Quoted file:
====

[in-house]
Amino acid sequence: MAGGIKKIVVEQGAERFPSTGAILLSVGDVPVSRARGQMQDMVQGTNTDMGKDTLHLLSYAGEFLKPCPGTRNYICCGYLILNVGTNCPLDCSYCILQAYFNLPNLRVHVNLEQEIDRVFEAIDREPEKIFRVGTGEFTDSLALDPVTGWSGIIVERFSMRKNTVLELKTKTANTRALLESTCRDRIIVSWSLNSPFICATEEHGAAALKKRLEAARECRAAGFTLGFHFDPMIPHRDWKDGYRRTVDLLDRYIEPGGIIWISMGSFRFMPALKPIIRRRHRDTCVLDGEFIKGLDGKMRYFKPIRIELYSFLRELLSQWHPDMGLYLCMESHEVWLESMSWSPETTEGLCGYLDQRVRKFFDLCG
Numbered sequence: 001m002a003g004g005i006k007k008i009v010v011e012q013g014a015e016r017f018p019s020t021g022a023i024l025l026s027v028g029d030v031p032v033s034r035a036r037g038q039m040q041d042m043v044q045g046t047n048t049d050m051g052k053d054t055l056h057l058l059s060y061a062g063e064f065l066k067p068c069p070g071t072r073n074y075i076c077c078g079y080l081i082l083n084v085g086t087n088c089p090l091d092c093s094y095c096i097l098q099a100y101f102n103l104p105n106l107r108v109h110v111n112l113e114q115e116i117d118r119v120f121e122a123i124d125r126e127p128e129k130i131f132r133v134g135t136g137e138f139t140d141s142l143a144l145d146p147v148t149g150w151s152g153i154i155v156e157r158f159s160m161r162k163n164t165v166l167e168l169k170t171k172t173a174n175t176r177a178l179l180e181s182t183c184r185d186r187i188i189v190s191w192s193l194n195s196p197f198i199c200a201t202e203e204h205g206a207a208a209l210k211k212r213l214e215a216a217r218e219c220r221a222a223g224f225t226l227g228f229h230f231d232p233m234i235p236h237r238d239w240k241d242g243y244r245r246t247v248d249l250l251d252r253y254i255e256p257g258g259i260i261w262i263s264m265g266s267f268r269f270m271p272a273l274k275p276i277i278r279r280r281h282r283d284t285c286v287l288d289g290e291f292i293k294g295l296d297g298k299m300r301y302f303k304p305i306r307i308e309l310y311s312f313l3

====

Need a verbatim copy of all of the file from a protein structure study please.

[in-house]
Amino acid sequence: MAGGIKKIVVEQGAERFPSTGAILLSVGDVPVSRARGQMQDMVQGTNTDMGKDTLHLLSYAGEFLKPCPGTRNYICCGYLILNVGTNCPLDCSYCILQAYFNLPNLRVHVNLEQEIDRVFEAIDREPEKIFRVGTGEFTDSLALDPVTGWSGIIVERFSMRKNTVLELKTKTANTRALLESTCRDRIIVSWSLNSPFICATEEHGAAALKKRLEAARECRAAGFTLGFHFDPMIPHRDWKDGYRRTVDLLDRYIEPGGIIWISMGSFRFMPALKPIIRRRHRDTCVLDGEFIKGLDGKMRYFKPIRIELYSFLRELLSQWHPDMGLYLCMESHEVWLESMSWSPETTEGLCGYLDQRVRKFFDLCG
Numbered sequence: 001m002a003g004g005i006k007k008i009v010v011e012q013g014a015e016r017f018p019s020t021g022a023i024l025l026s027v028g029d030v031p032v033s034r035a036r037g038q039m040q041d042m043v044q045g046t047n048t049d050m051g052k053d054t055l056h057l058l059s060y061a062g063e064f065l066k067p068c069p070g071t072r073n074y075i076c077c078g079y080l081i082l083n084v085g086t087n088c089p090l091d092c093s094y095c096i097l098q099a100y101f102n103l104p105n106l107r108v109h110v111n112l113e114q115e116i117d118r119v120f121e122a123i124d125r126e127p128e129k130i131f132r133v134g135t136g137e138f139t140d141s142l143a144l145d146p147v148t149g150w151s152g153i154i155v156e157r158f159s160m161r162k163n164t165v166l167e168l169k170t171k172t173a174n175t176r177a178l179l180e181s182t183c184r185d186r187i188i189v190s191w192s193l194n195s196p197f198i199c200a201t202e203e204h205g206a207a208a209l210k211k212r213l214e215a216a217r218e219c220r221a222a223g224f225t226l227g228f229h230f231d232p233m234i235p236h237r238d239w240k241d242g243y244r245r246t247v248d249l250l251d252r253y254i255e256p257g258g259i260i261w262i263s264m265g266s267f268r269f270m271p272a273l274k275p276i277i278r279r280r281h282r283d284t285c286v287l288d289g290e291f292i293k294g295l296d297g298k299m300r301y302f303k304p305i306r307i308e309l310y311s312f313l3